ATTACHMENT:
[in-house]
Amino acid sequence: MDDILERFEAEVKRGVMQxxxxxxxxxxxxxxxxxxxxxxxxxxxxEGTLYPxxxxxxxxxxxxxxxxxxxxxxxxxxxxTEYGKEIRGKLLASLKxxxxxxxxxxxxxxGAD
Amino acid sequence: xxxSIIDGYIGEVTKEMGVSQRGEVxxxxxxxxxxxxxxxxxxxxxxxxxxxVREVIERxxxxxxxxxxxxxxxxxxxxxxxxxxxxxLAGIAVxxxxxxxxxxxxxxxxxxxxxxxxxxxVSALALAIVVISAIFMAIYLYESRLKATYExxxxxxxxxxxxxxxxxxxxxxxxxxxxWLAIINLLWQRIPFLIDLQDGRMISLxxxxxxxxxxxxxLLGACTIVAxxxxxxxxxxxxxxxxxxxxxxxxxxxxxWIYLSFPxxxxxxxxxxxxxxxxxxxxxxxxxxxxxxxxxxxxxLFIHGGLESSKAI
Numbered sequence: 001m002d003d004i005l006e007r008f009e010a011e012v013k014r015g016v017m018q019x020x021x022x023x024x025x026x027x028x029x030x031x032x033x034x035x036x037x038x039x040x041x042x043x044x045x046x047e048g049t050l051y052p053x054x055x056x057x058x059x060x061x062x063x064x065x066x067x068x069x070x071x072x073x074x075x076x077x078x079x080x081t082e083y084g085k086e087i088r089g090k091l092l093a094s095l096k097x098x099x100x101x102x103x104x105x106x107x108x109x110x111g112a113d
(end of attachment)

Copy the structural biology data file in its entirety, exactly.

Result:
[in-house]
Amino acid sequence: MDDILERFEAEVKRGVMQxxxxxxxxxxxxxxxxxxxxxxxxxxxxEGTLYPxxxxxxxxxxxxxxxxxxxxxxxxxxxxTEYGKEIRGKLLASLKxxxxxxxxxxxxxxGAD
Amino acid sequence: xxxSIIDGYIGEVTKEMGVSQRGEVxxxxxxxxxxxxxxxxxxxxxxxxxxxVREVIERxxxxxxxxxxxxxxxxxxxxxxxxxxxxxLAGIAVxxxxxxxxxxxxxxxxxxxxxxxxxxxVSALALAIVVISAIFMAIYLYESRLKATYExxxxxxxxxxxxxxxxxxxxxxxxxxxxWLAIINLLWQRIPFLIDLQDGRMISLxxxxxxxxxxxxxLLGACTIVAxxxxxxxxxxxxxxxxxxxxxxxxxxxxxWIYLSFPxxxxxxxxxxxxxxxxxxxxxxxxxxxxxxxxxxxxxLFIHGGLESSKAI
Numbered sequence: 001m002d003d004i005l006e007r008f009e010a011e012v013k014r015g016v017m018q019x020x021x022x023x024x025x026x027x028x029x030x031x032x033x034x035x036x037x038x039x040x041x042x043x044x045x046x047e048g049t050l051y052p053x054x055x056x057x058x059x060x061x062x063x064x065x066x067x068x069x070x071x072x073x074x075x076x077x078x079x080x081t082e083y084g085k086e087i088r089g090k091l092l093a094s095l096k097x098x099x100x101x102x103x104x105x106x107x108x109x110x111g112a113d